Similarly, it is one thing to observe that in certain limited respects, some processes in the world have a machine-like rigidity of cause and effect; it is quite another to believe the entire world operates as a machine and can be managed as such. The belief is held and insistently promulgated by those in line to make fortunes from selling us chemicals and implements with which to fix the various perceived deficiencies in the machine. As with our bodies, the effects of treating the whole planet as if it really were a machine -- instead of the wondrously complex, living organism that it is -- are similar, but worse by several orders of magnitude.

Now, the era made by the people who believed that the world is a machine, and that they could run it better, is staggering to its end under the accumulated weight of all the mistakes that arose from those two assumptions.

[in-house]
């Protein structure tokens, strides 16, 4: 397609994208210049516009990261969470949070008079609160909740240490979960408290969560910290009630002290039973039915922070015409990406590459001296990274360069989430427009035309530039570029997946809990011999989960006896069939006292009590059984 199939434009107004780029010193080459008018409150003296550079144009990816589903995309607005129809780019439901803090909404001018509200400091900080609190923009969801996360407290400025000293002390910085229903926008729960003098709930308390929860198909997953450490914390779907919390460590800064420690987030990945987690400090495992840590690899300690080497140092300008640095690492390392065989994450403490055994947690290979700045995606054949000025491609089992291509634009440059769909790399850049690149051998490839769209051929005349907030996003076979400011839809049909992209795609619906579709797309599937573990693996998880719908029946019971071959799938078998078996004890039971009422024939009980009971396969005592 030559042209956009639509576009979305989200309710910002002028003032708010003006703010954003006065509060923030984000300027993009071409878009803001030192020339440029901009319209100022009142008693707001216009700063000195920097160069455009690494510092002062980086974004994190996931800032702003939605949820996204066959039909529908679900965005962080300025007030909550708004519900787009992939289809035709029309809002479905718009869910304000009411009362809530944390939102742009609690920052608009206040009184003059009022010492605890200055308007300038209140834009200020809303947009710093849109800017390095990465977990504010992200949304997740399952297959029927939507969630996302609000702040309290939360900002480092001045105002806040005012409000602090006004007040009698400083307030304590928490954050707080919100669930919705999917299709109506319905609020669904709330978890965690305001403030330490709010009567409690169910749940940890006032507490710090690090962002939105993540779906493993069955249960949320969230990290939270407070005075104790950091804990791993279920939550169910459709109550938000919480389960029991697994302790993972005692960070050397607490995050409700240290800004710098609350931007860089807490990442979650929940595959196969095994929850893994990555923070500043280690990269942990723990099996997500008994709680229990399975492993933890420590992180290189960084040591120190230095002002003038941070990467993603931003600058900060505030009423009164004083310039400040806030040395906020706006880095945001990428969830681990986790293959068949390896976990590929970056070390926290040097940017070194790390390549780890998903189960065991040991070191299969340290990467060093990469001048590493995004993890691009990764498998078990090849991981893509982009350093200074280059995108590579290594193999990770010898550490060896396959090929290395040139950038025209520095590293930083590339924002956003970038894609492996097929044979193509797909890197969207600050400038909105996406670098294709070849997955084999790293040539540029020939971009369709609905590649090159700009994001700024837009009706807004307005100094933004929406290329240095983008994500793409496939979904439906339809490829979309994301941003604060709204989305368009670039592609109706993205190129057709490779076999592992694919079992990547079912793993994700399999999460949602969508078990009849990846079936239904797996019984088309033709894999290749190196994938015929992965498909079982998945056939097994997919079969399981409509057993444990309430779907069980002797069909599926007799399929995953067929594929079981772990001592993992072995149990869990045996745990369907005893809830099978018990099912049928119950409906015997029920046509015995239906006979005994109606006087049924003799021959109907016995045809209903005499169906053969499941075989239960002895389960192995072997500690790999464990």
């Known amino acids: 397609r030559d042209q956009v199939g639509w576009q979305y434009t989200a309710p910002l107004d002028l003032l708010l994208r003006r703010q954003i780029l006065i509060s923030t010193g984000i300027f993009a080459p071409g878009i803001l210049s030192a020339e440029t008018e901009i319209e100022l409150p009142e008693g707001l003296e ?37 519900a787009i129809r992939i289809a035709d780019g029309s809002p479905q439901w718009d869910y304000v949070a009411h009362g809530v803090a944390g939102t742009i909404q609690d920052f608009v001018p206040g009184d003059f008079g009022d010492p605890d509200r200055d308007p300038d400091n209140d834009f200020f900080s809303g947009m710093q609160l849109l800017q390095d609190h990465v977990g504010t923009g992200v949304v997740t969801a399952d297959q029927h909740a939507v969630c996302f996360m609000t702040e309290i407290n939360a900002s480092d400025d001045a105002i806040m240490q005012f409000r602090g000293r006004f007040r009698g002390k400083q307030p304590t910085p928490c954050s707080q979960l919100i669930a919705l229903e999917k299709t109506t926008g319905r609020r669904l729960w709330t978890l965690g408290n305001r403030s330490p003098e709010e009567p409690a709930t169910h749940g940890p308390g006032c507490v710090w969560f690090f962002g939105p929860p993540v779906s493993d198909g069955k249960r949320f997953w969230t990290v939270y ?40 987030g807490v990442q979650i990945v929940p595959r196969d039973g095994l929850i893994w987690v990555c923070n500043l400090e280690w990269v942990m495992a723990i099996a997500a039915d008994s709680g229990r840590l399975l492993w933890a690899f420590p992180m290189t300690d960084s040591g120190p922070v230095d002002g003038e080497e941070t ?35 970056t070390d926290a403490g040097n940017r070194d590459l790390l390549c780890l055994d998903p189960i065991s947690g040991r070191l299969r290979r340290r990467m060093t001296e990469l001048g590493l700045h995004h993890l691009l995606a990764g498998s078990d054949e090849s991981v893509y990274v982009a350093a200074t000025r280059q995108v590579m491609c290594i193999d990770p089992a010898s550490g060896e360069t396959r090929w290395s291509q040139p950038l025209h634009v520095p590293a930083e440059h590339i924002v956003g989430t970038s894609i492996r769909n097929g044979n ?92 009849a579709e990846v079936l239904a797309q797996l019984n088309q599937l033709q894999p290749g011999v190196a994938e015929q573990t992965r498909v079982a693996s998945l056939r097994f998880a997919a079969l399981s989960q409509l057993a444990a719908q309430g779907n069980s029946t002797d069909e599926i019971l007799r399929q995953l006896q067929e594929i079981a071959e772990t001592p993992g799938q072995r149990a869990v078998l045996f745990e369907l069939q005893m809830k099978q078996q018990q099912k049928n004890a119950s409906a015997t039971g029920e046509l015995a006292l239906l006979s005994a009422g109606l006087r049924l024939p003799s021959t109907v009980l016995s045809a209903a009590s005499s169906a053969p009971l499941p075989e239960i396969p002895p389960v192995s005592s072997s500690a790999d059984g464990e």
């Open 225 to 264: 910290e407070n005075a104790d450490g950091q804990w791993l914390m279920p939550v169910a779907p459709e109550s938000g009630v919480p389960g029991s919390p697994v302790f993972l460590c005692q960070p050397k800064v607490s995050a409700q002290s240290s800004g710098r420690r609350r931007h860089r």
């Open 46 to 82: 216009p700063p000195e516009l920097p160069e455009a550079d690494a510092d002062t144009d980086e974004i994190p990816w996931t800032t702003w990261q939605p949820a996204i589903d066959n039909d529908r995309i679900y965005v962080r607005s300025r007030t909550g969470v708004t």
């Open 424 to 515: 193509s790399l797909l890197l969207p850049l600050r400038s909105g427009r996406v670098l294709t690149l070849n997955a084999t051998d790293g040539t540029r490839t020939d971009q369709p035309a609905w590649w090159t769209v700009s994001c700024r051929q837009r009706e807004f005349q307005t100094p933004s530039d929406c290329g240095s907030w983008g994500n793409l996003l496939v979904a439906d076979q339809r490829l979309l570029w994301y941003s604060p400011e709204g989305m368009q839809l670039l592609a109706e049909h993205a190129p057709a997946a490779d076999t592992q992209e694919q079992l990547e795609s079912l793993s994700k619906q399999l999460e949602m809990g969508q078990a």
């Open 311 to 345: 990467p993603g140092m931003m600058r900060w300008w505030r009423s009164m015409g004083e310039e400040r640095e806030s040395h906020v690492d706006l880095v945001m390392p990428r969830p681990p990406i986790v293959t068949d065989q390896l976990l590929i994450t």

Running on Empty

We are running out of food. Never mind the commercials for Archer Daniels Midland, or the speeches of the farm-belt politicians, about the productivity of the American farmer. The American farmer -- who today is typically a suited CEO, not the overalls-clad yeoman of Grant Wood’s painting American Gothic -- has squandered his inheritance of topsoil, fouled our air and water, denuded the ecosystem of essential species, become an incurable petroleum addict, and created a system of monoculture that invites disaster as a dry forest invites fire.

We are running out of water. Our governors have not made, or allowed anyone else to make, any calculations of the actual effects of our mindless urban sprawl or our mindless agricultural practices. (How else would you describe making a desert -- the Imperial Valley of California -- the nation’s principal source of lettuce, one of the thirstiest plants known, using government-subsidized water piped in from 80 miles away?) Our aquifers are dropping, our reservoirs are shrinking, and the day comes ever closer when a large metropolitan area suddenly will have nothing to drink. (In the late fall of 2007, metro Atlanta’s five million souls were declared to be 90 days away from exactly that.) Yet no government agency has the guts to require, nor any other group the good sense to try, conservation of water in any substantial way.